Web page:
2. Daniel Gray's Avatar Daniel Gray

      It figures, when you descend into name calling and bringing politics into the argument/discussion John; that just shows how weak your point is and shows you have absolutely noting to contribute except for seeing your name here.

  1. David Arthur Lewis's Avatar David Arthur Lewis

    It's called Capitalism.

  1. Rev Frankie PG's Avatar Rev Frankie PG

    There is never of enough of a reason to deny any group their reasonable Religious Freedoms. However, many don't appreciate the freedoms of others when it benefits their own cause. This case absolutely should never have arisen, if the Apaches had done their due diligence of protecting and delineating said area, the government should've immediately denied the corporations proposal. The only Eminent Domain that's being shown is money, which should never be considered valid. Our tribal nations have suffered enough.

  1. David M Hines's Avatar David M Hines

    Some people appear to be under the impression the whole “religious freedom” deal is something besides a way for affluent white people to maintain their traditional privileges and advantages. It’s not.

    1. Russel A. Kester's Avatar Russel A. Kester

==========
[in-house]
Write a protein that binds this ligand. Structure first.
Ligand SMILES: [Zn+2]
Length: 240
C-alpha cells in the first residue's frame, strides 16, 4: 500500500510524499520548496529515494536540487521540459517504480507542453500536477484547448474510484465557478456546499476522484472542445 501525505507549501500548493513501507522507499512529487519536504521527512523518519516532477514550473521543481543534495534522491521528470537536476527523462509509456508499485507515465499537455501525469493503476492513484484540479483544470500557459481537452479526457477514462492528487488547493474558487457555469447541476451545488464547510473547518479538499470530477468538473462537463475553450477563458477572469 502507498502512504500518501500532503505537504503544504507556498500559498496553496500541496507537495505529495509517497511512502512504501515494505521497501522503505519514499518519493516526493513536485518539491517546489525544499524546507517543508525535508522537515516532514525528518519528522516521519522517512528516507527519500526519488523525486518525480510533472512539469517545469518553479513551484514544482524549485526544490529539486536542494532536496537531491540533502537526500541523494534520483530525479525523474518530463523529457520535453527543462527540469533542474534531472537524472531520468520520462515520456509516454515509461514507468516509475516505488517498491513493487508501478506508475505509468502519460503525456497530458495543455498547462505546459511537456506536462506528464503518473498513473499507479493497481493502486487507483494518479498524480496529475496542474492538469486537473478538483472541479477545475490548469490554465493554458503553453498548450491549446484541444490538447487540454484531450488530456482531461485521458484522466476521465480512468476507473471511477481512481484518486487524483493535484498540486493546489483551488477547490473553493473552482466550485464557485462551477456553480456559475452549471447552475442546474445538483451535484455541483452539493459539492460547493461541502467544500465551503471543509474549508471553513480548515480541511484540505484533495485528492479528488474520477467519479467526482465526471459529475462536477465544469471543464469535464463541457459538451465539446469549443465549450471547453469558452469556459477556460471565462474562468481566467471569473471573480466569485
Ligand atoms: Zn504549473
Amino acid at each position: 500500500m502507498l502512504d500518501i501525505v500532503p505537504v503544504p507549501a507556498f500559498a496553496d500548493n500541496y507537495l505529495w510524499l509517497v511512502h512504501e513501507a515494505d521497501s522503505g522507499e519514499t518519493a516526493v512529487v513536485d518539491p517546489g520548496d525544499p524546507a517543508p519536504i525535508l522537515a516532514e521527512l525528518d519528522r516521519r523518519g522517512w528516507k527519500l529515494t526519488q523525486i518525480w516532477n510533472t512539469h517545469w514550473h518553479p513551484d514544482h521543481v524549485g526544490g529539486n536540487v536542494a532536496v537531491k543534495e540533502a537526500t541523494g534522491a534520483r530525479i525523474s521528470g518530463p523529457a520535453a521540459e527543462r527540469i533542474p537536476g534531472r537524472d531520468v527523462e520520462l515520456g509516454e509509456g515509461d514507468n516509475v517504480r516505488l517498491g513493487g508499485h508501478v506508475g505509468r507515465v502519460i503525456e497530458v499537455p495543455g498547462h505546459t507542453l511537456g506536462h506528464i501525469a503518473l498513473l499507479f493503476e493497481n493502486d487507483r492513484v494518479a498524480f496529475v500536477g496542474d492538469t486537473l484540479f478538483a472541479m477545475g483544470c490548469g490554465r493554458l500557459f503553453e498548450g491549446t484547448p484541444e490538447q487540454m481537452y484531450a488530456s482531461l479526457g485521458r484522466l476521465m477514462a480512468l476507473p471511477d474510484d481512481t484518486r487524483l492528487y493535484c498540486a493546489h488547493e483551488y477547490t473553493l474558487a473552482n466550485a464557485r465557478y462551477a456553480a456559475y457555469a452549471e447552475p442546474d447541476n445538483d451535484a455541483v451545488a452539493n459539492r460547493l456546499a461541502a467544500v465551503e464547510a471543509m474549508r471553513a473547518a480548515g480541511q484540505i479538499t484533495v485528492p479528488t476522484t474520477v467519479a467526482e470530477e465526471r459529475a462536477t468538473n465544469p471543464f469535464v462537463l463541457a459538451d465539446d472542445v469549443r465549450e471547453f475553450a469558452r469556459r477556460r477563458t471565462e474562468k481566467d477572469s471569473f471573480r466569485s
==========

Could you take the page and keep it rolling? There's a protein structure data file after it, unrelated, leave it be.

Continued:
Well that was nonsense, David, and racist. Affluence probably does make people seem to hold on to it and the perks that come with it. But that's a human characteristic, not a white one. Look around the world..

  1. Victor Allen Hawthorne's Avatar Victor Allen Hawthorne

    The government continually takes from its citizens, and the Indian Nations. Selling land to a foreign entity is an abomination. Australia has its own resources to tap on their own land. If mining is a problem because of the rules and regulations there, then allow this company to take it up with the government there. Perhaps the US Government should sell the land to the Apache Nation for a dollar, and that will be the end of it.

    1. Russel A. Kester's Avatar Russel A. Kester

      Victor, I don't agree with selling the land to either the Apaches or to the Australian company. I've always thought that valuable resources in federal land could be leased but not sold.

    2. Daniel Gray's Avatar Daniel Gray

      You mean like what the Australians did to the Aborigines? Where they came into land set aside for the original natives and took it because of the mineral rights underneath it?

  1. John T. Watson's Avatar John T. Watson

    The First Amendment to The Constitution states their will be NO established government religion and that the people are free to follow the religion of their choice. The Apache people are following their religion just as Christians, Jews, Muslims, and people of other faiths do. The land over which this dispute is, is Apache land and is sacred to the Apache people. The government has NO right to confiscate this land and sell it to an International Mining Corporation. The land is sacred to the Apache who were on that land Long Before the US Government existed. I wonder how much money was offered to certain politicians from the mining corporation?

    1. Daniel Gray's Avatar Daniel Gray

      unless its on the Reservation, then sadly yes they do have the right to take it and give a mining permit.

  1. Matthew W Meister's Avatar Matthew W Meister